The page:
Grazing Soybean to Increase Voluntary Cow Traffic in a Pasture-based Automatic Milking System

  • Clark, C.E.F. (Dairy Science Group, The University of Sydney) ;
  • Horadagoda, A. (Dairy Science Group, The University of Sydney) ;
  • Kerrisk, K.L. (Dairy Science Group, The University of Sydney) ;
  • Scott, V. (Dairy Science Group, The University of Sydney) ;
  • Islam, M.R. (Dairy Science Group, The University of Sydney) ;
  • Kaur, R. (Dairy Science Group, The University of Sydney) ;
  • Garcia, S.C. (Dairy Science Group, The University of Sydney)
  • Received : 2013.07.18
  • Accepted : 2013.09.16
  • Published : 2014.03.01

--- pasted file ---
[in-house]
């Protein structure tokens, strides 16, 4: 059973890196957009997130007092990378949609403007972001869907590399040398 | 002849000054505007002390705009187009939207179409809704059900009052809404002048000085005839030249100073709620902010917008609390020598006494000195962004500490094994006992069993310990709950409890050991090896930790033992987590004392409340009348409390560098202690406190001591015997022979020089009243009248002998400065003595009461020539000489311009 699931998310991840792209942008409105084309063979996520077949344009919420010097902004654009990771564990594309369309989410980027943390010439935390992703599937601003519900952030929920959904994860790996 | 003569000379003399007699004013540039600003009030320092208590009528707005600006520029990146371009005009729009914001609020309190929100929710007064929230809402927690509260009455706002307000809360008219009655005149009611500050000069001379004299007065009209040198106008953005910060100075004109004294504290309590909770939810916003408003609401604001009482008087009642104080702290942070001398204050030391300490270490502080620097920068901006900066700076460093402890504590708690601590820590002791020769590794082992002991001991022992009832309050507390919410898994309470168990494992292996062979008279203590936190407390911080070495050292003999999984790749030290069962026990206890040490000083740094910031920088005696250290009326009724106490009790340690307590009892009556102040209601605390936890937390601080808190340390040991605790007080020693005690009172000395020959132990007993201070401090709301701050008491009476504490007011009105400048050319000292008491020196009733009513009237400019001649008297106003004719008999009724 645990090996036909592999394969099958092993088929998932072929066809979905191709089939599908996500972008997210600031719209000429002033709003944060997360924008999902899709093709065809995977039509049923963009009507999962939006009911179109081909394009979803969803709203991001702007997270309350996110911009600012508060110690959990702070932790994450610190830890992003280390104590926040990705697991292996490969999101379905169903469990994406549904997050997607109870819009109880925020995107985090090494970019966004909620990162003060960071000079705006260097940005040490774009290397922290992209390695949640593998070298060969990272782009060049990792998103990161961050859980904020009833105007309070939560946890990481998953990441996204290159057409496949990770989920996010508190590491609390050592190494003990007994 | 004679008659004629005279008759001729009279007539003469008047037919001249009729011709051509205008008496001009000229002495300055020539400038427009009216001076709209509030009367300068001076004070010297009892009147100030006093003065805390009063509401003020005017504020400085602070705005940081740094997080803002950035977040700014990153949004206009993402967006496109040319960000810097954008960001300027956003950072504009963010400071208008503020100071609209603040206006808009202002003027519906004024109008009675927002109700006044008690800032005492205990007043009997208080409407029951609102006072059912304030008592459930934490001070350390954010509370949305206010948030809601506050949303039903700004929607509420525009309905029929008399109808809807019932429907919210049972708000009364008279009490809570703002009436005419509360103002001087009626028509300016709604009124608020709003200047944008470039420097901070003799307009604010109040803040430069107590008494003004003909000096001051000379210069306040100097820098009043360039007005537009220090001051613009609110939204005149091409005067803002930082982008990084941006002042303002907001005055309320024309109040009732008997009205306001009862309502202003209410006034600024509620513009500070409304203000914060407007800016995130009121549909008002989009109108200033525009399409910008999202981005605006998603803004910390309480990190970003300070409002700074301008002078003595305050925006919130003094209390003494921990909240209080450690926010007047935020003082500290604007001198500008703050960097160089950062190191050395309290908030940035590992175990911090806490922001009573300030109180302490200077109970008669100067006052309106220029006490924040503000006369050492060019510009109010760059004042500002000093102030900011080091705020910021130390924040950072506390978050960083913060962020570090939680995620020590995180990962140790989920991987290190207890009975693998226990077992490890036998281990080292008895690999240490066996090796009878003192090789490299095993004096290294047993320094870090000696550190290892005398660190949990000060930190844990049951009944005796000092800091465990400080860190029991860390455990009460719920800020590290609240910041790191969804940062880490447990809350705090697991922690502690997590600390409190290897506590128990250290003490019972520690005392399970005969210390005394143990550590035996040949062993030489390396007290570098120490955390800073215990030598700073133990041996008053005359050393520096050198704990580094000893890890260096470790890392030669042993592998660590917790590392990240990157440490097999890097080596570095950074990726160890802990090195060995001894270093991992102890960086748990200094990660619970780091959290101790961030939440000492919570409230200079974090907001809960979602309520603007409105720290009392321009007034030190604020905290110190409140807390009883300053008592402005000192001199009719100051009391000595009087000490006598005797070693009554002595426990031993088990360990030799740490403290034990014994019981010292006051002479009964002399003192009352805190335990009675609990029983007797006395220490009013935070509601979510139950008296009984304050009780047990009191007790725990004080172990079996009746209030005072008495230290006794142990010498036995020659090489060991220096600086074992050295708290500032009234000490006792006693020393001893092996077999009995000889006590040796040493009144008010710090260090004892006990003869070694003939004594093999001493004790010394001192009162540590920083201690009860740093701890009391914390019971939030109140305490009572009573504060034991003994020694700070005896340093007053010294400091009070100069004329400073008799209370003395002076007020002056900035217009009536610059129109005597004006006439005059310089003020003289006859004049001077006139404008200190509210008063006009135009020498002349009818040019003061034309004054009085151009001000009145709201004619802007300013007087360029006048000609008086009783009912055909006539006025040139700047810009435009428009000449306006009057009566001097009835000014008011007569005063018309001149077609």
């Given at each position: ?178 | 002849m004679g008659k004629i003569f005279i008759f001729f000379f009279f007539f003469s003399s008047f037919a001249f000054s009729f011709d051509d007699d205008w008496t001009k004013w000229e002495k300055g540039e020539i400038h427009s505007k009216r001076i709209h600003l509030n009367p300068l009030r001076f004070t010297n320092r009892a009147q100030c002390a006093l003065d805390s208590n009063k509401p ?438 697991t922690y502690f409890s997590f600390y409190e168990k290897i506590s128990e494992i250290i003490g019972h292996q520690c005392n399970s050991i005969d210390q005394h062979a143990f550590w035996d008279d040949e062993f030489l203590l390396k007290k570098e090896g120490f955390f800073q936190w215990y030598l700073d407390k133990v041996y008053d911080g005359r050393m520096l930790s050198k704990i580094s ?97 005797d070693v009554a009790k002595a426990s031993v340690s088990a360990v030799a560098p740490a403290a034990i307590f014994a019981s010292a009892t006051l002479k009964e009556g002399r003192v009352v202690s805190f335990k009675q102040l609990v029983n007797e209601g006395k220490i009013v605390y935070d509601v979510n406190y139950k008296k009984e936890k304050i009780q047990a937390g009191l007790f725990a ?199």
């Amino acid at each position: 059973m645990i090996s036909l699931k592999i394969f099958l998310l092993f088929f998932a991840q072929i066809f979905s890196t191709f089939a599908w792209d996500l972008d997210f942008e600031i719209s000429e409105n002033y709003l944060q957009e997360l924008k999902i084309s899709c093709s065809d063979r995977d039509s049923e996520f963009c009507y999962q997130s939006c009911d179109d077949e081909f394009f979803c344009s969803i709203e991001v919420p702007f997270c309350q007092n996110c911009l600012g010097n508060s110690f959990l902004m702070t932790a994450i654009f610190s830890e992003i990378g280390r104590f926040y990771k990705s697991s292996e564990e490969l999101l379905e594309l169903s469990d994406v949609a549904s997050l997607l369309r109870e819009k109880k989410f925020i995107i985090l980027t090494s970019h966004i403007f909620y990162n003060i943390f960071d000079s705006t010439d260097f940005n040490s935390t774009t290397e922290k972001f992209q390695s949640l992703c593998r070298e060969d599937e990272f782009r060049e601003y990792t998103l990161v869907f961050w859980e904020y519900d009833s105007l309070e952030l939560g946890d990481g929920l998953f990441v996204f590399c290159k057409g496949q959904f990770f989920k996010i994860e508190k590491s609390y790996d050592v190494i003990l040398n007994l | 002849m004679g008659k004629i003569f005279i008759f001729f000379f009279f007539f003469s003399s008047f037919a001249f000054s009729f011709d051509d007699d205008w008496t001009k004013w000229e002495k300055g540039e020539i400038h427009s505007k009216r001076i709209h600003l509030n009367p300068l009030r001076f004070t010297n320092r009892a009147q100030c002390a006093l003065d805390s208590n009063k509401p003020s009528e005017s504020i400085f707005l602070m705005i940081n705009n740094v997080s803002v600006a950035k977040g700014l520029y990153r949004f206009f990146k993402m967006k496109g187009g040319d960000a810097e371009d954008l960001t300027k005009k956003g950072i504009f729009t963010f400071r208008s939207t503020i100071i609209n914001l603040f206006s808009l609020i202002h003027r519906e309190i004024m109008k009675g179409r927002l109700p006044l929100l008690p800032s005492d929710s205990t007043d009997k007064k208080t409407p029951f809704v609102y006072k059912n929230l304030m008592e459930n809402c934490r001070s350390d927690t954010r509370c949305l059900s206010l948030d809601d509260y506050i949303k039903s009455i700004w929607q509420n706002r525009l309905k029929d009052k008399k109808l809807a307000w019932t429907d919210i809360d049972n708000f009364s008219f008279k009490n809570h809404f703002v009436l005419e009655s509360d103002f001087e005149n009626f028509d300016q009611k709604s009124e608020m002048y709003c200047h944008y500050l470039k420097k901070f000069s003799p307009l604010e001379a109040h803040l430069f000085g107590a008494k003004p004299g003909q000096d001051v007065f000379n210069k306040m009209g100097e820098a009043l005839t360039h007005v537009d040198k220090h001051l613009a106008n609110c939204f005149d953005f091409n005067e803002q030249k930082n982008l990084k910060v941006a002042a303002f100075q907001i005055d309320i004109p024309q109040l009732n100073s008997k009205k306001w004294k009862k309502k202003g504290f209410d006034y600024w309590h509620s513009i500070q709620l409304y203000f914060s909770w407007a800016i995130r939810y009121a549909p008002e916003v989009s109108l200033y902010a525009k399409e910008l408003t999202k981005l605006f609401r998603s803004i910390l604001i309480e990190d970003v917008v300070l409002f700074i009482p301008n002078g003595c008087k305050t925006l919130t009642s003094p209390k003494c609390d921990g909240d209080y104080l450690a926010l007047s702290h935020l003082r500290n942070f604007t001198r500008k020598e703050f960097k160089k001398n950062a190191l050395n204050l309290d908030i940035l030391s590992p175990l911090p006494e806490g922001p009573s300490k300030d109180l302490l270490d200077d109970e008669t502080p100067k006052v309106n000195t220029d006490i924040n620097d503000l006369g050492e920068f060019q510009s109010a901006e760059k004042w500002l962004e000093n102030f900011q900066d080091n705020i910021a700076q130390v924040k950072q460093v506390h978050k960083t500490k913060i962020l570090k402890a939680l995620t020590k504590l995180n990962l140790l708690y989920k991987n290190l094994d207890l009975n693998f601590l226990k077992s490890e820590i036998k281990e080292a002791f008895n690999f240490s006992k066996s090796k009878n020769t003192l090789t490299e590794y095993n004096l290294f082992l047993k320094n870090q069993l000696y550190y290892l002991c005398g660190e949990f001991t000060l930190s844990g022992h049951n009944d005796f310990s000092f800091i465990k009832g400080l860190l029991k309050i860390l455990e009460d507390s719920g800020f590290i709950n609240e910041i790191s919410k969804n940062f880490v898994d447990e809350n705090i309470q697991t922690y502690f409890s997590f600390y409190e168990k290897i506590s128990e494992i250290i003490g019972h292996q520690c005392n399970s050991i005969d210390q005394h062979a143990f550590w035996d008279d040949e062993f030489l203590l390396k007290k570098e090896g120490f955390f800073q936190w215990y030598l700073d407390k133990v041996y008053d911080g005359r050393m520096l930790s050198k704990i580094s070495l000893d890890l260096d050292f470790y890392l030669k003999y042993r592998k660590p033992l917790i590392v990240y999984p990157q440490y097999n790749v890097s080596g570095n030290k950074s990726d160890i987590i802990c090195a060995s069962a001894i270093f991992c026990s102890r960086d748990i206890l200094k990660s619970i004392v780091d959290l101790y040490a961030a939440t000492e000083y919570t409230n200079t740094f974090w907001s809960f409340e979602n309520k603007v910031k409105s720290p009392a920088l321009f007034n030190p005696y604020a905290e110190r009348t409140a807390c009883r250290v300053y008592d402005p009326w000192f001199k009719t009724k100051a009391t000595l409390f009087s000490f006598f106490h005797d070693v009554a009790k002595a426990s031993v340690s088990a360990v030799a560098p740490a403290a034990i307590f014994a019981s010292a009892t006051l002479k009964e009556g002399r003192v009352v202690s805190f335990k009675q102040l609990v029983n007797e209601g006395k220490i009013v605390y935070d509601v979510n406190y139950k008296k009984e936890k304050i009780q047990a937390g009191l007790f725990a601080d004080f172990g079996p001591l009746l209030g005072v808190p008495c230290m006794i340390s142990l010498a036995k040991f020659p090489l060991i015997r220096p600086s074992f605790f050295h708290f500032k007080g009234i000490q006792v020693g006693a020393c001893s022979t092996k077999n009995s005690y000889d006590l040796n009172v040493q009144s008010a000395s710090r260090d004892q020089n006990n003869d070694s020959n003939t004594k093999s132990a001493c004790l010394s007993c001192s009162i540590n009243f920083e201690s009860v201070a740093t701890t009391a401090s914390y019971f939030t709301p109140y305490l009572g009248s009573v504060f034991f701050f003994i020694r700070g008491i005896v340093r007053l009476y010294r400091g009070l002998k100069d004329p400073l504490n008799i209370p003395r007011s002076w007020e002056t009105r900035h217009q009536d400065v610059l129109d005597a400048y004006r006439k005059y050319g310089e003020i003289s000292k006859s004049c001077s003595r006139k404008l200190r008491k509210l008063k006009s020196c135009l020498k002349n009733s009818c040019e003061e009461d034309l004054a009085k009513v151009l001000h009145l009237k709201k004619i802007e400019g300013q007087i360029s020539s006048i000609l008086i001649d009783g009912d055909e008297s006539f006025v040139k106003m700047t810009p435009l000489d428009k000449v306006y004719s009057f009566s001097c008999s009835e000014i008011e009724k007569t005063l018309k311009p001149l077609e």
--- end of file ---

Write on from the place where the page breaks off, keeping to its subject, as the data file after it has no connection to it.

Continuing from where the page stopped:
Pasture-based automatic milking systems (AMS) require cow traffic to enable cows to be milked. The interval between milkings can be manipulated by strategically allocating pasture. The current experiment investigated the effect of replacing an allocation of grazed pasture with grazed soybean (Glycine max) with the hypothesis that incorporating soybean would increase voluntary cow traffic and milk production. One hundred and eighty mixed age, primiparous and multiparous Holstein-Friesian/Illawarra cows were randomly assigned to two treatment groups (n = 90/group) with a $2{\times}2$ Latin square design. Each group was either offered treatments of kikuyu grass (Pennisetum clandestinum Hoach ex Chiov.) pasture (pasture) or soybean from 0900 h to 1500 h during the experimental period which consisted of 2 periods of 3 days following 5 days of training and adaptation in each period with groups crossing over treatments after the first period. The number of cows trafficking to each treatment was similar together with milk yield (mean ${\approx}18$ L/cow/d) in this experiment. For the cows that arrived at soybean or pasture there were significant differences in their behaviour and consequently the number of cows exiting each treatment paddock. There was greater cow traffic (more cows and sooner) exiting pasture allocations. Cows that arrived at soybean stayed on the allocation for 25% more time and ate more forage (8.5 kg/cow/d/allocation) relative to pasture (4.7 kg/cow/d/allocation). Pasture cows predominantly replaced eating time with rumination. These findings suggest that replacing pasture with alternative grazeable forages provides no additional incentive to increase voluntary cow traffic to an allocation of feed in AMS. This work highlights the opportunity to increase forage intakes in AMS through the incorporation of alternative forages.


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